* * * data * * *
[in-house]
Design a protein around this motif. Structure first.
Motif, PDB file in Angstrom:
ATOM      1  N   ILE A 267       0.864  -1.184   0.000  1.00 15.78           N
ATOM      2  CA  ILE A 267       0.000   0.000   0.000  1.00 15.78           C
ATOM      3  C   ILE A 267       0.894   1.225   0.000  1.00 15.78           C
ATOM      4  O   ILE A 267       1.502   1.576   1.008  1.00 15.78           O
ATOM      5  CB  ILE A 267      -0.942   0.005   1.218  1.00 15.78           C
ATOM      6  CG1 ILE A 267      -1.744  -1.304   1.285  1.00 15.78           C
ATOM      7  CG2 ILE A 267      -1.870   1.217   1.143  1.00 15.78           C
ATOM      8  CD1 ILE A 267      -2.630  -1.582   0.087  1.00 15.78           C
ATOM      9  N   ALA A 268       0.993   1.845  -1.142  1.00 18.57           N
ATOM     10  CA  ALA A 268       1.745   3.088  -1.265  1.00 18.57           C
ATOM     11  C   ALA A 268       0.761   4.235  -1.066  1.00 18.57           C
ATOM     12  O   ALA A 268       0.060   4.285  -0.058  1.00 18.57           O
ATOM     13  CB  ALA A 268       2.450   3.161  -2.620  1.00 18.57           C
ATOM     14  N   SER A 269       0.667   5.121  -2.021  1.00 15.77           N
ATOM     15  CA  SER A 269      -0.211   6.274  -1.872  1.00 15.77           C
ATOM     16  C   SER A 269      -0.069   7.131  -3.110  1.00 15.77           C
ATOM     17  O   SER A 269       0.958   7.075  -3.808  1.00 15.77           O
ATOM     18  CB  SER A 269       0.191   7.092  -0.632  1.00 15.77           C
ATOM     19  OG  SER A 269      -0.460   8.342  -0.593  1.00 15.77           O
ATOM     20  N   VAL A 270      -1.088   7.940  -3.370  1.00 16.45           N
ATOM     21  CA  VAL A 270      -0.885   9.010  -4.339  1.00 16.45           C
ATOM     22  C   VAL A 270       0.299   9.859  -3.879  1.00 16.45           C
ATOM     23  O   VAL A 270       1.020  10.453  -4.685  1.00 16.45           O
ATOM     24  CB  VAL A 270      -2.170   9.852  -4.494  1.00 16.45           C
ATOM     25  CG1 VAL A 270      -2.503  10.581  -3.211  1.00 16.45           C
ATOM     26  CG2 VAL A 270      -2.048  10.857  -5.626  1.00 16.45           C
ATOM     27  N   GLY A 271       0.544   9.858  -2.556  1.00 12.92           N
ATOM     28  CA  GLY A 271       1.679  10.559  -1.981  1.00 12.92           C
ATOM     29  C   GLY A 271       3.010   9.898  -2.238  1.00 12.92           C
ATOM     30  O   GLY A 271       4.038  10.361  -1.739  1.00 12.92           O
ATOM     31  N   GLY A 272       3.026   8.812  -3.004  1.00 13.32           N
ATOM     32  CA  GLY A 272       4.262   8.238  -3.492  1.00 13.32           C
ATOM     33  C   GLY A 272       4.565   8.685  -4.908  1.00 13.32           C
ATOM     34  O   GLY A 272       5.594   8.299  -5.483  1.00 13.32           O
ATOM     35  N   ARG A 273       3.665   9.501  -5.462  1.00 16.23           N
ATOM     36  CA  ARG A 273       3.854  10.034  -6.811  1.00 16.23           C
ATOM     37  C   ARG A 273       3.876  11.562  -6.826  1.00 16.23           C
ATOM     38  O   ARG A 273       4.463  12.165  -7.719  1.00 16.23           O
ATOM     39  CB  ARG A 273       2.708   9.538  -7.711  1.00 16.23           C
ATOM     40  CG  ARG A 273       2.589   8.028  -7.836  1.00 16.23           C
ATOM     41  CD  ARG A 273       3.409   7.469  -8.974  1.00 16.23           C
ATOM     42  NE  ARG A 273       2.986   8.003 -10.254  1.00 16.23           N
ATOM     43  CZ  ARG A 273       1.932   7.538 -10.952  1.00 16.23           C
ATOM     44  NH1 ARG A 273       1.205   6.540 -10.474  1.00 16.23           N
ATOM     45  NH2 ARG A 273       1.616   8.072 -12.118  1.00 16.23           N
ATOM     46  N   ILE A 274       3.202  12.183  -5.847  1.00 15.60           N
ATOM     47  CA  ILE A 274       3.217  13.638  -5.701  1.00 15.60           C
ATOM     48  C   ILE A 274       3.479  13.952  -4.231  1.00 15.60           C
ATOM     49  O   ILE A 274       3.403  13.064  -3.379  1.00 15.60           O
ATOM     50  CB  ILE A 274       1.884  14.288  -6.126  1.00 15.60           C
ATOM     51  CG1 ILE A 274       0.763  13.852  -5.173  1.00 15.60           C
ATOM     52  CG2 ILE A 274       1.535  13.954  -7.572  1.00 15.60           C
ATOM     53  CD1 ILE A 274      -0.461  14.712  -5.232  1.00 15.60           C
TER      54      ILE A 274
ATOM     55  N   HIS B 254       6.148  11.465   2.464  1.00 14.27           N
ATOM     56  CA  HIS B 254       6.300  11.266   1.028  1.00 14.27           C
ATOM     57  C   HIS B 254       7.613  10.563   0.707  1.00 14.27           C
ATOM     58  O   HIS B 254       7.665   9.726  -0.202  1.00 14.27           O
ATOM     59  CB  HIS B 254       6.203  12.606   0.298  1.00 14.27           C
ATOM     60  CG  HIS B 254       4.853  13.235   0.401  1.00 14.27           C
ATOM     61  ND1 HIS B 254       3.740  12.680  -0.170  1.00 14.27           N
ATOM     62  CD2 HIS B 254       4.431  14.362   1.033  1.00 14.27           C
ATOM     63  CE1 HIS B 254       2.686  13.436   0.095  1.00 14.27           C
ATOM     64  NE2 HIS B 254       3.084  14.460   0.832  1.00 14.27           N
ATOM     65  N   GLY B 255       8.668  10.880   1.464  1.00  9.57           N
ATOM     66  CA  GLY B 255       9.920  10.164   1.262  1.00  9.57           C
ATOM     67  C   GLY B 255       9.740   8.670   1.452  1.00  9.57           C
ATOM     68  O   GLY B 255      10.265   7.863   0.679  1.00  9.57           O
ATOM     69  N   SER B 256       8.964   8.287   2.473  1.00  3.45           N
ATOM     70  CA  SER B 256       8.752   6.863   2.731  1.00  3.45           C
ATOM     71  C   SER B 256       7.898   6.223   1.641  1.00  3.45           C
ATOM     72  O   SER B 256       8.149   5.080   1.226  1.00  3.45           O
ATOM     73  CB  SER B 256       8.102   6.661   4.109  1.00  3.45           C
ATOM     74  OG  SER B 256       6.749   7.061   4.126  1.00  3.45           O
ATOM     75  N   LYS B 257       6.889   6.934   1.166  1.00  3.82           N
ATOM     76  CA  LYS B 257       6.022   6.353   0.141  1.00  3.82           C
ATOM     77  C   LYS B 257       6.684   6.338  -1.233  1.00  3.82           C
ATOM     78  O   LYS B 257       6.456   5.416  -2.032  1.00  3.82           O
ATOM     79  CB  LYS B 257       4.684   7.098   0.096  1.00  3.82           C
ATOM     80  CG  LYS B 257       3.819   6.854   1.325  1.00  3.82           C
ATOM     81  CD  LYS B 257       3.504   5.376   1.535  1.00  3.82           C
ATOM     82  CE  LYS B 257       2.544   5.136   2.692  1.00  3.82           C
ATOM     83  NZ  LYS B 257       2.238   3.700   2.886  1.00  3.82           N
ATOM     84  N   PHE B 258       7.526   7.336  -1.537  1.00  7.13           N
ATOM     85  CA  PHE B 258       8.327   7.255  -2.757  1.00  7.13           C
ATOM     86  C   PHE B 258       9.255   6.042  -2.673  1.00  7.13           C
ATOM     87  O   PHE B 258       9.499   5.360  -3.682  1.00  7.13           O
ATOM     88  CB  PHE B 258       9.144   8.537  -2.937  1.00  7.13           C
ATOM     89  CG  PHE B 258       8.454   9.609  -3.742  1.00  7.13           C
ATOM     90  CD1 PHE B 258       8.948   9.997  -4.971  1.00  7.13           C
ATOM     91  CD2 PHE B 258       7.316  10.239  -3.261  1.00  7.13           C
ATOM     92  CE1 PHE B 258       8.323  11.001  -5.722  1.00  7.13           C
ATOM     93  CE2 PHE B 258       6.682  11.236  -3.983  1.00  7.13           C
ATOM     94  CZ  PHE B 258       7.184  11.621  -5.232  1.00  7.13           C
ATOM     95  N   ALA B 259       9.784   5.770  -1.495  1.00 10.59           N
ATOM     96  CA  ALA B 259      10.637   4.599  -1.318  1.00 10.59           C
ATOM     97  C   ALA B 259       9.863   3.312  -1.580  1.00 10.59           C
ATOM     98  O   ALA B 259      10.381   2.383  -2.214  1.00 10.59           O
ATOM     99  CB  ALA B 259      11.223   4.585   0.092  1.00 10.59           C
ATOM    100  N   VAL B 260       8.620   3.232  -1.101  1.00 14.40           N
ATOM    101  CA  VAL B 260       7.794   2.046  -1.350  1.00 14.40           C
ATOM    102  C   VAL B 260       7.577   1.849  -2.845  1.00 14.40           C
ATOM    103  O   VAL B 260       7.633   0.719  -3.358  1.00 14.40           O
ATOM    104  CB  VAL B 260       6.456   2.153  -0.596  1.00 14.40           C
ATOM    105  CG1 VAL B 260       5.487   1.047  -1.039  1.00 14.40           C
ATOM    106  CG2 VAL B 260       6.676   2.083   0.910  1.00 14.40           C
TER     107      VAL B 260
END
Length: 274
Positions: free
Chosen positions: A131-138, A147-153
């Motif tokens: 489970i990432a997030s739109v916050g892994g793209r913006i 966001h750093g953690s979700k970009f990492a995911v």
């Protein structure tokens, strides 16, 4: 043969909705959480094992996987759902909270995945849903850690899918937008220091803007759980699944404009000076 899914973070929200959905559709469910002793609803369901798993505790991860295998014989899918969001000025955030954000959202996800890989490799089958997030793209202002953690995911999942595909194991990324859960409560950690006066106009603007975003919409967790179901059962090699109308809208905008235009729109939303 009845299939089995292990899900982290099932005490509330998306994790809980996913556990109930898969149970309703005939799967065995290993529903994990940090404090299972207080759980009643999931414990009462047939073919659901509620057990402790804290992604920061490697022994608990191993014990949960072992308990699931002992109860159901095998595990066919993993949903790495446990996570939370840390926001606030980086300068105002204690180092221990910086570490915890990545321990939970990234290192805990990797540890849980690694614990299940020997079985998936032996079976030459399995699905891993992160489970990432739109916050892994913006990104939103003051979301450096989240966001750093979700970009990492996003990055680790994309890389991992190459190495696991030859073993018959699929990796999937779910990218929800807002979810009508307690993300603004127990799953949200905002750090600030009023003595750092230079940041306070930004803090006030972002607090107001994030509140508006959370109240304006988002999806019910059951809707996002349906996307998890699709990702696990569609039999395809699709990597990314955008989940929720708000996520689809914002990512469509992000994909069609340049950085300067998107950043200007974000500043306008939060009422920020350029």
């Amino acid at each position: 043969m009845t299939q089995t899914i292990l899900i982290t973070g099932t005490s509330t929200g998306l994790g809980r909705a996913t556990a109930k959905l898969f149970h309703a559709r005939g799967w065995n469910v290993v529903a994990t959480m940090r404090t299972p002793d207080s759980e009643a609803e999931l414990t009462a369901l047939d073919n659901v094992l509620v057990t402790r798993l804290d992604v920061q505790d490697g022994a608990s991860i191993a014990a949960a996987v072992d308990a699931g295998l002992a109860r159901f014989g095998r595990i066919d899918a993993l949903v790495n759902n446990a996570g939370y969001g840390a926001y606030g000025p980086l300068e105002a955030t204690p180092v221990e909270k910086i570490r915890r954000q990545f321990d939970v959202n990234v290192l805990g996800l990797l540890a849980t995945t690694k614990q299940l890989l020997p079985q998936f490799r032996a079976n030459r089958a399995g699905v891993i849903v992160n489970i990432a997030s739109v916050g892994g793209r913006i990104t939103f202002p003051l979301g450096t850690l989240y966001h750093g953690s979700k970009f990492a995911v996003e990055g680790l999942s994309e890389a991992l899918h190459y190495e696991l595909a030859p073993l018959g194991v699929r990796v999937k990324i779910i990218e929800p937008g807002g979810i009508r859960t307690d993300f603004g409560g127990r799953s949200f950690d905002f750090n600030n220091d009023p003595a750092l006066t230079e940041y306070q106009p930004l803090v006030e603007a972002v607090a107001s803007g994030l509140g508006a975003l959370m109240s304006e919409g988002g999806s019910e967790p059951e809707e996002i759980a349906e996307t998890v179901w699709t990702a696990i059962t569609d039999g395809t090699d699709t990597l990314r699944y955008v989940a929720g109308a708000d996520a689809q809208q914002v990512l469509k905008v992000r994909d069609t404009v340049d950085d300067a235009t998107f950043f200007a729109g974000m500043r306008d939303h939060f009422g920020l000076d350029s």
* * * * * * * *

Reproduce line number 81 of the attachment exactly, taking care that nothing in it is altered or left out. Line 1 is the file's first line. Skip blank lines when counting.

ATOM     78  O   LYS B 257       6.456   5.416  -2.032  1.00  3.82           O